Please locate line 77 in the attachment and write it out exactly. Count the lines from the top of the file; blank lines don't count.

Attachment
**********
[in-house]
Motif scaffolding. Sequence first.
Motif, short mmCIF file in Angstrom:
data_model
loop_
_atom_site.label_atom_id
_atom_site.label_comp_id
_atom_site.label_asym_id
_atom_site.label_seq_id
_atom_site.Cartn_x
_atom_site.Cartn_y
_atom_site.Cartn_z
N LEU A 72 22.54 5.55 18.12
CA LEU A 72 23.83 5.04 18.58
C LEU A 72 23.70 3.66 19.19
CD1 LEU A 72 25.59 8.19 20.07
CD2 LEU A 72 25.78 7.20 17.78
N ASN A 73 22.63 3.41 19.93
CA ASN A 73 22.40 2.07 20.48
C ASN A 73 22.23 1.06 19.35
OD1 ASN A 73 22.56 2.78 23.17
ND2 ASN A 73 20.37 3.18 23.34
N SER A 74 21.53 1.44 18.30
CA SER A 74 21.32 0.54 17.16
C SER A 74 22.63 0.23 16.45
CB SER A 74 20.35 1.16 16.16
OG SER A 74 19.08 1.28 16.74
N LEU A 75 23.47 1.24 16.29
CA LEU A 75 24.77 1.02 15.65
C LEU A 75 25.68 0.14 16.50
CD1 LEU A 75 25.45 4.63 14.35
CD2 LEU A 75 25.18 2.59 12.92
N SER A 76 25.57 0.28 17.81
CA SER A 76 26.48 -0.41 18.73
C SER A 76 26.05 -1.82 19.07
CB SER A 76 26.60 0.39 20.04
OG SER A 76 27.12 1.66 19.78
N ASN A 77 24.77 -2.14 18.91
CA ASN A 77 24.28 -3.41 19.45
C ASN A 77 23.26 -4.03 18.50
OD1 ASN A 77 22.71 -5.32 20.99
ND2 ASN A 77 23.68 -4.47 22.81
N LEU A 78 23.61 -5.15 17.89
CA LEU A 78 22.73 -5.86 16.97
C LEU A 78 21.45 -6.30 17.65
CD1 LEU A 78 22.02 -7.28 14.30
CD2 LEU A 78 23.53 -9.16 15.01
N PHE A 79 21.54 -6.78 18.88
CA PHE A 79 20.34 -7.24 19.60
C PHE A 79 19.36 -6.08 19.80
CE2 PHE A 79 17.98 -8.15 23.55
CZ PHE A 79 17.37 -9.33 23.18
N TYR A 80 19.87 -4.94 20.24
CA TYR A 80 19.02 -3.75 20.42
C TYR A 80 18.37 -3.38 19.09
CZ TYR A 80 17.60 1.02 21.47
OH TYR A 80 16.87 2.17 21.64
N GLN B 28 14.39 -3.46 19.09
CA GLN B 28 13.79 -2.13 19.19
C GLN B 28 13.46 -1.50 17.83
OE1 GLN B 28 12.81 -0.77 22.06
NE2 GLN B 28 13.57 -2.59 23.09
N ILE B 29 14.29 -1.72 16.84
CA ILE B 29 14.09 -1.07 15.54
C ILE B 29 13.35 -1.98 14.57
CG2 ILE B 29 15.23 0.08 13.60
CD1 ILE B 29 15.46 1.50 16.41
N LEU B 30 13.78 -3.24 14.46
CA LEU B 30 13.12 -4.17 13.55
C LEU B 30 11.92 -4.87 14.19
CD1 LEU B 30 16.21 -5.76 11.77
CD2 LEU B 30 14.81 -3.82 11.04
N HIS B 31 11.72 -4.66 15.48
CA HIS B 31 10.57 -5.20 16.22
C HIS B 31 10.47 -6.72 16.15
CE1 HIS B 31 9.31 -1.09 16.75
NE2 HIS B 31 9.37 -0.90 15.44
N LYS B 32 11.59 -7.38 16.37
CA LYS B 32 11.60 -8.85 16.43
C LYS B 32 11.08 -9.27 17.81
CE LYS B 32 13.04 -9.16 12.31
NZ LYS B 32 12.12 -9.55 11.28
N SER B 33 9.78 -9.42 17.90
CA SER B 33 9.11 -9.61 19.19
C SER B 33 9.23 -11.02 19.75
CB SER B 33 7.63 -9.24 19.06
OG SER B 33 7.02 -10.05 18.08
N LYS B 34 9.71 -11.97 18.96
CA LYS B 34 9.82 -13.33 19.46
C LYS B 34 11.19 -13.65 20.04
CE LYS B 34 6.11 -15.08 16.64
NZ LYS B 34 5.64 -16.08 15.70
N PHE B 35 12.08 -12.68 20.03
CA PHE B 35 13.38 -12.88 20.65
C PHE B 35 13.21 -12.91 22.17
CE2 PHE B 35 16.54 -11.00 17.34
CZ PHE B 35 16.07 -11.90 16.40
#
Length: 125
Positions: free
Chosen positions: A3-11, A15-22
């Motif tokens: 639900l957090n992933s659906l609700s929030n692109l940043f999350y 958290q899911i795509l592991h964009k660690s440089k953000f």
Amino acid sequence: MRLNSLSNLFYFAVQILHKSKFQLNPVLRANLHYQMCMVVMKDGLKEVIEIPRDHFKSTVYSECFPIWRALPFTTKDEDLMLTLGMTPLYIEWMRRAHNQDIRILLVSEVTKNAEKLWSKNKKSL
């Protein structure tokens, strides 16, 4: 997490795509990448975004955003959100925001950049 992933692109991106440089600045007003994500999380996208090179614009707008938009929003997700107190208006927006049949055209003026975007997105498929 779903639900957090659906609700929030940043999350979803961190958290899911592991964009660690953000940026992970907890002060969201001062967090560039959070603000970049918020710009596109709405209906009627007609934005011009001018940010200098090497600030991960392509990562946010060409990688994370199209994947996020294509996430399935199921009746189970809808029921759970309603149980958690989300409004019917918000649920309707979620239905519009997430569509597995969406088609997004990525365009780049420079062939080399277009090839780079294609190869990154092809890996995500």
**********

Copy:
NE2 HIS B 31 9.37 -0.90 15.44